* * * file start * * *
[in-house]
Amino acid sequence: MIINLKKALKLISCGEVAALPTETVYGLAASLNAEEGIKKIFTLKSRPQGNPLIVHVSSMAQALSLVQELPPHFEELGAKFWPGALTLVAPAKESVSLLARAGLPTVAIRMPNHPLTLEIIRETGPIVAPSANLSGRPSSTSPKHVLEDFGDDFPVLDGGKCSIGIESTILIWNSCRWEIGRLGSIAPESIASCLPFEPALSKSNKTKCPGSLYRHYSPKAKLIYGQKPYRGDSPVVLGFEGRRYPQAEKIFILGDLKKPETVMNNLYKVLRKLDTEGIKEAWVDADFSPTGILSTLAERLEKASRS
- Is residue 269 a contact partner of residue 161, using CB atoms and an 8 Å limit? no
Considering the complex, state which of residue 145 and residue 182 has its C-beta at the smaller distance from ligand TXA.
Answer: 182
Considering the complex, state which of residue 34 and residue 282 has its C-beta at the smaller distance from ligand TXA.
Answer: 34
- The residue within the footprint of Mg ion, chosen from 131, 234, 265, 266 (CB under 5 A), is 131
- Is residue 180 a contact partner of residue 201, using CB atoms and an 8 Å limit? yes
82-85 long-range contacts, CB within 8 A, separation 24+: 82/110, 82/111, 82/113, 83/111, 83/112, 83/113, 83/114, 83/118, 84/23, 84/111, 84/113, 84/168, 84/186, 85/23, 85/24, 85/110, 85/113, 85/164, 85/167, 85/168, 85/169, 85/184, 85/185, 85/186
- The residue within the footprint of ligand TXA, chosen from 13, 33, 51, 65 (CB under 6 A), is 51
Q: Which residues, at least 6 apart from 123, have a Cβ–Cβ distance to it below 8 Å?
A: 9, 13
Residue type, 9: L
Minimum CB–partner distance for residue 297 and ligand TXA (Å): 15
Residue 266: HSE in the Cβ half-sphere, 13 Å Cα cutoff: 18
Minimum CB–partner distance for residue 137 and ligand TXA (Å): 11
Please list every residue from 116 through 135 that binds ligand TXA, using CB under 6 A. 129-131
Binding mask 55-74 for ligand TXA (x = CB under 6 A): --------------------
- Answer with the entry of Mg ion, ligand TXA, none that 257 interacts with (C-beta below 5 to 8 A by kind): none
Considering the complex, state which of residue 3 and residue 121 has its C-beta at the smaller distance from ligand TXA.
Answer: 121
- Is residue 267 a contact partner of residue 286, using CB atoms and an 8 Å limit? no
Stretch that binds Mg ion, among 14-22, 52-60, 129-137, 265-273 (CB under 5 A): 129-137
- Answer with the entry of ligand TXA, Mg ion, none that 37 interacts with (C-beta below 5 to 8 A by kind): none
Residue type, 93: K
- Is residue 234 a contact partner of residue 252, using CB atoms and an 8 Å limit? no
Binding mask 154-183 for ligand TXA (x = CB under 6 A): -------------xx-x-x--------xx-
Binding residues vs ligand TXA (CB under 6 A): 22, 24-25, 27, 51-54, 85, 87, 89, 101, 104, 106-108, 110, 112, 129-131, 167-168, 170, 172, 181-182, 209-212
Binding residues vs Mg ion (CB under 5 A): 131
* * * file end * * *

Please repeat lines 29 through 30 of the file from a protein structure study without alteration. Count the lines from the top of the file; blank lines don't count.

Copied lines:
Binding residues vs ligand TXA (CB under 6 A): 22, 24-25, 27, 51-54, 85, 87, 89, 101, 104, 106-108, 110, 112, 129-131, 167-168, 170, 172, 181-182, 209-212
Binding residues vs Mg ion (CB under 5 A): 131